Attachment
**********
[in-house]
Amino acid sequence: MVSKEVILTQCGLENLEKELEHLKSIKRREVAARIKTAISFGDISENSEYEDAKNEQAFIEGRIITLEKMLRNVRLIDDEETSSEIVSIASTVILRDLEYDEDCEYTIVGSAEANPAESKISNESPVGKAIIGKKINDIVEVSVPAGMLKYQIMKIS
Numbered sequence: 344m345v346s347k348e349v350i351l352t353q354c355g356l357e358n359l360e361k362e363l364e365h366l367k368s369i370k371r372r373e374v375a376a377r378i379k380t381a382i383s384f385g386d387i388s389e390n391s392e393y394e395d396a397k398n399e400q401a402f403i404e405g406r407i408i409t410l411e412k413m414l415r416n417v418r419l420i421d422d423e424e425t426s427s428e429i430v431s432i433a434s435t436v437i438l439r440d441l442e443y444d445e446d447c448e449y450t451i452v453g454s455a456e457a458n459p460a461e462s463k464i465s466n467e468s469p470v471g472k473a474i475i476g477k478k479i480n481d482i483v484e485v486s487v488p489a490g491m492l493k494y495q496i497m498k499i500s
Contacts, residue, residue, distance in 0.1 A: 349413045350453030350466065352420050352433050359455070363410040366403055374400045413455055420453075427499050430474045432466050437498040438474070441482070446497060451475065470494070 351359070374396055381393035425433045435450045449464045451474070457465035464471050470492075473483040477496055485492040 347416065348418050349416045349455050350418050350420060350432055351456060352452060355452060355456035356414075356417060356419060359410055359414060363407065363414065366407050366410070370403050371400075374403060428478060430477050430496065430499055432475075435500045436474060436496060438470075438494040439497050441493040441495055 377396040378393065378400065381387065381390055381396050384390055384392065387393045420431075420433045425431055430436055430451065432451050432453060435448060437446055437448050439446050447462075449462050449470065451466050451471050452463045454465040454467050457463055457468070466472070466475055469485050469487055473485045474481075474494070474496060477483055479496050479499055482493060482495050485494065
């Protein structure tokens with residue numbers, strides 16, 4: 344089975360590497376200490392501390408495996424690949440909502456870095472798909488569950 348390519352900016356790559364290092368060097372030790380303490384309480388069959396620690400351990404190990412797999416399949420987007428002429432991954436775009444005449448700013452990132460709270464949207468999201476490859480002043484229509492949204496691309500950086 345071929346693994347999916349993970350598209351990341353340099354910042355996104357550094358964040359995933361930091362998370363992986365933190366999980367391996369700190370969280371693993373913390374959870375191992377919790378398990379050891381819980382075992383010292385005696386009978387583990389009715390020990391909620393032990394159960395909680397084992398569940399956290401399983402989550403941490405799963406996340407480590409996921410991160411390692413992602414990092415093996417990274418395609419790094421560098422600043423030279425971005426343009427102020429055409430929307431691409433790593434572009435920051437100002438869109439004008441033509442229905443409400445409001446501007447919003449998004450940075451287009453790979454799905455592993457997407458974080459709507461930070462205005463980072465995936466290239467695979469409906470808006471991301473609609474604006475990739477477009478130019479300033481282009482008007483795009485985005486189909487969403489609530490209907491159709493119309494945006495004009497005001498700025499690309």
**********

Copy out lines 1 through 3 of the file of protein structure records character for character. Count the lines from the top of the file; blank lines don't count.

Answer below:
[in-house]
Amino acid sequence: MVSKEVILTQCGLENLEKELEHLKSIKRREVAARIKTAISFGDISENSEYEDAKNEQAFIEGRIITLEKMLRNVRLIDDEETSSEIVSIASTVILRDLEYDEDCEYTIVGSAEANPAESKISNESPVGKAIIGKKINDIVEVSVPAGMLKYQIMKIS
Numbered sequence: 344m345v346s347k348e349v350i351l352t353q354c355g356l357e358n359l360e361k362e363l364e365h366l367k368s369i370k371r372r373e374v375a376a377r378i379k380t381a382i383s384f385g386d387i388s389e390n391s392e393y394e395d396a397k398n399e400q401a402f403i404e405g406r407i408i409t410l411e412k413m414l415r416n417v418r419l420i421d422d423e424e425t426s427s428e429i430v431s432i433a434s435t436v437i438l439r440d441l442e443y444d445e446d447c448e449y450t451i452v453g454s455a456e457a458n459p460a461e462s463k464i465s466n467e468s469p470v471g472k473a474i475i476g477k478k479i480n481d482i483v484e485v486s487v488p489a490g491m492l493k494y495q496i497m498k499i500s